Scenic Walks in Killarney, Collins Press, €9.99, by accomplished guide writer Jim Ryan sketches some familiar and unfamiliar walks in this most popular of hillwalking destinations. Ryan lists 18 walks here including the centre of Killarney itself, the Gap of Dunloe and Torc waterfall. Walks that readers may not know include the circuit of Tomies Wood — the blue pool nature trail and Aghadoe to St Mary’s cathedral. The Tomies walk takes in a view, if you’re lucky with timing and season, of Killarney National Park’s two species of deer — red deer and sika. And if you’re really lucky, you may spot one of the eagles that nest there. A lot of these are short walks aimed at the usually sedentary or the not so fleet-of-foot. Nonetheless interesting in spite of their brevity.
Ireland’s County High Points by Kieron Gribbon, Collins Press, €17.99, lists our 32 highest peaks by county. Skipping the aforementioned Carrauntoohil, let’s take a look at the smallest county peak. Mullaghmeen in Co Westmeath comes in at a daunting 258m. It’s lowness apart, the hillock is surrounded by Mullaghmeen forest — reputed to be the largest beech forest in western Europe. And its third claim to fame is that it is the country’s 1,000th highest point. It is classed as a ‘marilyn’ — an ironic naming for hills corresponding to the ‘munro’ of Scottish fame which lists mountains above 915m.
Neighbouring Co Meath has nothing to crow about (Carnbane East at 276m). Neither has nearby Co Longford — Corn Hill coming in at 278m. In fact, stack these three on top of each other and you still have room for one more of their size before you reach the height of Carrauntoohil. But it’s not the height that counts. More often than not it’s the place. And walking a few of these routes will appeal to more than just the list-compilers and ‘munro-baggers’. If you’re not able to take on the mighty mountains then forget them and the mediocre and just ‘bag’ the minuscule.
Some counties share their highest peaks (Tipperary and Limerick) while others have standalone peaks that you would hardly notice in some cities. Kilkenny’s Mount Brandon (515m) is just out of reach of that category, but very pleasant nonetheless.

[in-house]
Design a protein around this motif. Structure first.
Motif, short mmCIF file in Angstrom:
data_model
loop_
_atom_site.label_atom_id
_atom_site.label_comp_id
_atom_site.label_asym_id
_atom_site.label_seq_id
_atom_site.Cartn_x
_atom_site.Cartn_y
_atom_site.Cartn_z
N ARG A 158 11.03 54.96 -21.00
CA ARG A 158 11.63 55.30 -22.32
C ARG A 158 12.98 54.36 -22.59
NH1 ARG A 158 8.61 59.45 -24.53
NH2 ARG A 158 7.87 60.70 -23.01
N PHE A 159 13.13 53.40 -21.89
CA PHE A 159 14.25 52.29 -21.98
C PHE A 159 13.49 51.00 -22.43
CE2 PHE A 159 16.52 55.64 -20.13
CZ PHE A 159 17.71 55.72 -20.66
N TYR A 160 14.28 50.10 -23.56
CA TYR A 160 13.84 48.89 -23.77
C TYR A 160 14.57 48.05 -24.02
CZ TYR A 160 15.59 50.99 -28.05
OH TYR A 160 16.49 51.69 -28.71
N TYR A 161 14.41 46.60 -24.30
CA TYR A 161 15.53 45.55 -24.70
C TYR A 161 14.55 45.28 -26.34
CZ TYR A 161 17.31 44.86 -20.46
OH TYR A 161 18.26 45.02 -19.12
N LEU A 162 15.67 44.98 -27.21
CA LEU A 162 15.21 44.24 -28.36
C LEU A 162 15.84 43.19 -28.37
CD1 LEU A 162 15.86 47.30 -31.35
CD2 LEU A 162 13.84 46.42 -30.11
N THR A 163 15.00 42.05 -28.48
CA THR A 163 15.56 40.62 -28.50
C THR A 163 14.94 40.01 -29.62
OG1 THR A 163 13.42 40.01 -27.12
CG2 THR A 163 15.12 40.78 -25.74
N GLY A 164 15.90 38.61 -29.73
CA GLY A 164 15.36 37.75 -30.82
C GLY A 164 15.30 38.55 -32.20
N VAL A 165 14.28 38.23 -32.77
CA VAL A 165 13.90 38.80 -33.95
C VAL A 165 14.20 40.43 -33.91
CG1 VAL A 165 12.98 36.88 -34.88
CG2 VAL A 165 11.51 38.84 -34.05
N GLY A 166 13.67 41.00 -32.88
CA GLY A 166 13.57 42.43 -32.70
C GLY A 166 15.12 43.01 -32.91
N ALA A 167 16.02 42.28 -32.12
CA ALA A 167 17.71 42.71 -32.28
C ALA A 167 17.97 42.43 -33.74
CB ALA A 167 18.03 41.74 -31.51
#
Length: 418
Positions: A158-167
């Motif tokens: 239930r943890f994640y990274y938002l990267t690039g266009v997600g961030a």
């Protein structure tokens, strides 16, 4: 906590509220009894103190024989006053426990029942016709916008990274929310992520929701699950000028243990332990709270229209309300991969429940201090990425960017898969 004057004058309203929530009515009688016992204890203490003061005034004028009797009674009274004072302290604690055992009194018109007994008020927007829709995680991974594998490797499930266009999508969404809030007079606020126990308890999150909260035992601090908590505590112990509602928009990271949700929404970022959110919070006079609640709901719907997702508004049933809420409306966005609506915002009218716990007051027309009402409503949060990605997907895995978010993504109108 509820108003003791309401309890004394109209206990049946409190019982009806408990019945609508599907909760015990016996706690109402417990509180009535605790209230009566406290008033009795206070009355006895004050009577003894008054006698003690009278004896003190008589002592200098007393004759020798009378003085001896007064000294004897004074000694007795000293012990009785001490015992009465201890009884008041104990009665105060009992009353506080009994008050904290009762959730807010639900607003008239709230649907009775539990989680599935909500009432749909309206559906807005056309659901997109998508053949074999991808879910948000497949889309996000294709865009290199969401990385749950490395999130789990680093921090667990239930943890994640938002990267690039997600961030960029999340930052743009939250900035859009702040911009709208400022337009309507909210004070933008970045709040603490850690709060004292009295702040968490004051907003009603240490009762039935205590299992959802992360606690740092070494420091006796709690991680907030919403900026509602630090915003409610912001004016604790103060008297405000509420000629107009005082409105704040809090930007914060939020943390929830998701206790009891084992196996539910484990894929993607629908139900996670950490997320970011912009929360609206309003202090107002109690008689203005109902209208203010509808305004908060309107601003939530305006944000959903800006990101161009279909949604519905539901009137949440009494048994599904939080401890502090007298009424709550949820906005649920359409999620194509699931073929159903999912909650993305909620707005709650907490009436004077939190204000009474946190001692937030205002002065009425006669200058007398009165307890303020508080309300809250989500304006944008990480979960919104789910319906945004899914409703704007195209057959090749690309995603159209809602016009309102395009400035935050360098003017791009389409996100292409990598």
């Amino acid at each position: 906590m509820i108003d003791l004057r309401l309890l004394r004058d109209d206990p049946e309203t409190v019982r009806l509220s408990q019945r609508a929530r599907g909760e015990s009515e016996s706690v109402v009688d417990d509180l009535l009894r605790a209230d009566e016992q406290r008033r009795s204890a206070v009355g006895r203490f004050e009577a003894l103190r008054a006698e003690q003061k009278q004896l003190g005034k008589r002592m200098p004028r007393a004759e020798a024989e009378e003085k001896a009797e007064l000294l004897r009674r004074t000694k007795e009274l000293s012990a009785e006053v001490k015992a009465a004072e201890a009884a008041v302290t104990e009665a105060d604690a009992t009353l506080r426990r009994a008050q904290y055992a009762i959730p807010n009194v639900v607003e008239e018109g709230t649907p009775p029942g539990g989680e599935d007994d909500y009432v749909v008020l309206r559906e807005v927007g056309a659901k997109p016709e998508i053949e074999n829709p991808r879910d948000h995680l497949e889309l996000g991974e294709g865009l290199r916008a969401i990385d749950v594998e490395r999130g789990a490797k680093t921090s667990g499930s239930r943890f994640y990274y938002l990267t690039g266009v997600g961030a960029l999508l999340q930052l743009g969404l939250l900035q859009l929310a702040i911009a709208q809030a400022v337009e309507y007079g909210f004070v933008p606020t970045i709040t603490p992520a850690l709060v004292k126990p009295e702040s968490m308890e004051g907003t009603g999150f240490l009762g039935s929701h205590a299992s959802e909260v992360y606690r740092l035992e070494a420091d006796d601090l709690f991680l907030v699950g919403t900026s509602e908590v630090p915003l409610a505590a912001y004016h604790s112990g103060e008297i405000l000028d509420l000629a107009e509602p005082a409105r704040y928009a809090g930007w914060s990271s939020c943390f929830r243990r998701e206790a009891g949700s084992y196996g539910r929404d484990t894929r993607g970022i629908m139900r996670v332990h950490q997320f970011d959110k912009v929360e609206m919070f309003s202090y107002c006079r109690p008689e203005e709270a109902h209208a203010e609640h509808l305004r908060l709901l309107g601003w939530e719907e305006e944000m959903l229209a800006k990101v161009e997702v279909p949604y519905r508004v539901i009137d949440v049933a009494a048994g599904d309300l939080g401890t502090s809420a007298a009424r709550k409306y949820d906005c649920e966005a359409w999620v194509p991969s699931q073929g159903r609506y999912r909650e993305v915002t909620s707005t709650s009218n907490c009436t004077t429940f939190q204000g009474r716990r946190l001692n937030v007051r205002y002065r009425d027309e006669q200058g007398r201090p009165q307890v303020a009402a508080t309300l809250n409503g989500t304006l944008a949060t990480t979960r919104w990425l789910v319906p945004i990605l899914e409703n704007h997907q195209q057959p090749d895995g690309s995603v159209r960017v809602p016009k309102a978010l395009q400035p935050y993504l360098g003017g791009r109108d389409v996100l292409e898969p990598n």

Gribbon’s volume is idiot-proof and is full of useful information: grid references, maps and pictures. It is ended with a handy space to tick off your climbs.
Donegal, Sligo & Leitrim: Mountain and Coastal Walks, by Adrian Hendroff, Collins Press, €14.99 presents walks from the north-west. & Hendroff’s Leitrim walks and pictures are so enticing that you fell like getting on the phone straight away to book a room in Drumshanbo. One standout walk is described as Ireland’s finest coastal walk just north of Glencolumbkille. Has to be seen to be believed.
Throw Sligo and Donegal into the mix and you have enough walks to last you several summers at least.
Finally, Northern Ireland: A Walking Guide, Collins Press, by Helen Fairbairn, €14.99 collects 34 routes from Rathlin Island in Co Antrim, to the cliffs of Magho in Co Fermanagh, to the Binnians north of Carlingford Lough. Described as the finest hillwalk in the North, Slieve Donard (850m) is the highest mountain in the area. Again, grid references are given along with excellent route descriptions.
The books, all pocket-sized and durable, are as vital as your boots to your excursion.
* See our new walking column on Monday’s Outdoors page